Competing for oxygen in the art-market atmosphere is Schwartzman and Associates, the still under-the-radar operation that hopes to become the go-to shop for the world’s most tasteful billionaires and their museums. Although he’s yet to launch publicly, Schwartzman has already built a crackerjack team of art-market sharpshooters including many former Art Agency Partners colleagues. There are also a few ringers mixed in, including Simon Preston, the onetime Lower East Side gallery owner who had a short stay at Pace before getting axed in a round of layoffs. Rounding out the team are vets from LVMH, Sotheby’s, and David Zwirner

As for Cappellazzo, sources say she’s planning her own deeply ambitious shop, a firm suited to a post-COVID world where good material is hard to come by but demand—and the capital to fuel it—is endless. After wrapping up her time at Sotheby’s in the next few weeks, she’s going to take the summer off and launch in mid-fall.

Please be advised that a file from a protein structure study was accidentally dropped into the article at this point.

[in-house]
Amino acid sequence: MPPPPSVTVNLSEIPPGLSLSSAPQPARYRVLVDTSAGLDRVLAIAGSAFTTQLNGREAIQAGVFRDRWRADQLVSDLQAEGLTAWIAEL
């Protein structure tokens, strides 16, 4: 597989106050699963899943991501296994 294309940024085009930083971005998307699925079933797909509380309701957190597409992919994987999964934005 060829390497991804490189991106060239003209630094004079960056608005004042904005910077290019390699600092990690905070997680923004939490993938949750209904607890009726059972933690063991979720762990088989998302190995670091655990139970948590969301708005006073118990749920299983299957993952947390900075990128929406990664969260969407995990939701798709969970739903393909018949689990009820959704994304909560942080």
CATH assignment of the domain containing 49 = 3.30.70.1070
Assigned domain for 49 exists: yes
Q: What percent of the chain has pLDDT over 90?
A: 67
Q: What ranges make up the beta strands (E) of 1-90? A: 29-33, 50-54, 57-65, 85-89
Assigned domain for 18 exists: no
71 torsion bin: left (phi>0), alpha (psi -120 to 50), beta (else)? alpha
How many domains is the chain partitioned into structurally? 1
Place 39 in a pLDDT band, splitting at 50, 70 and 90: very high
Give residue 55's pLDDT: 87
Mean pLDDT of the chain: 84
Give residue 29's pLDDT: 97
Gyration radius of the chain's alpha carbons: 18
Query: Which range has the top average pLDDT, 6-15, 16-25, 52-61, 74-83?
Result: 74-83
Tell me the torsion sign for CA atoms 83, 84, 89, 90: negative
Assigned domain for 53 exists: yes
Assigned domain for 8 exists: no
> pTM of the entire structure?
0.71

Cappellazzo and Schwartzman declined to comment; Chinn did not respond to an email. 


David Nolan’s uptown space. Phoo courtesy David Nolan.

Word came down last week in hushed whispers: a large chunk of the roster of David Nolan Gallery had been taken off the site seemingly overnight. The timing was odd: Since moving from the northern part of West Chelsea a few years back to a stately townhouse on the Upper East Side, David Nolan, who has maintained a gallery presence in New York for decades, seems to be absolutely thriving. The show up right now—a survey of artists nurtured and championed by the great dealer Klaus Kertess—has been a real hit, drawing even the most staunch of downtown kids up to the nabe that Nolan now calls home.

Installation view of 13 Artists: A Tribute to Klaus Kertess’ Bykert Gallery 1966-75. Phoo courtesy David Nolan Gallery.

But one thing is clear: a number of longtime Nolan artists who were listed on the roster earlier this year are no longer there. According to a cached screengrab of the official list from March of this year—thanks again, Wayback Machine—the following artists were all on the roster at the time: Alice Maher, Ray Yoshida, Gavin Turk, Alexander RossSteve DiBenedetto, and Serban Savu. Now, they are all off (or have been demoted from “represented” to simply having “works available”), leaving the roster at 16 artists including Barry Le Va, who died earlier this year.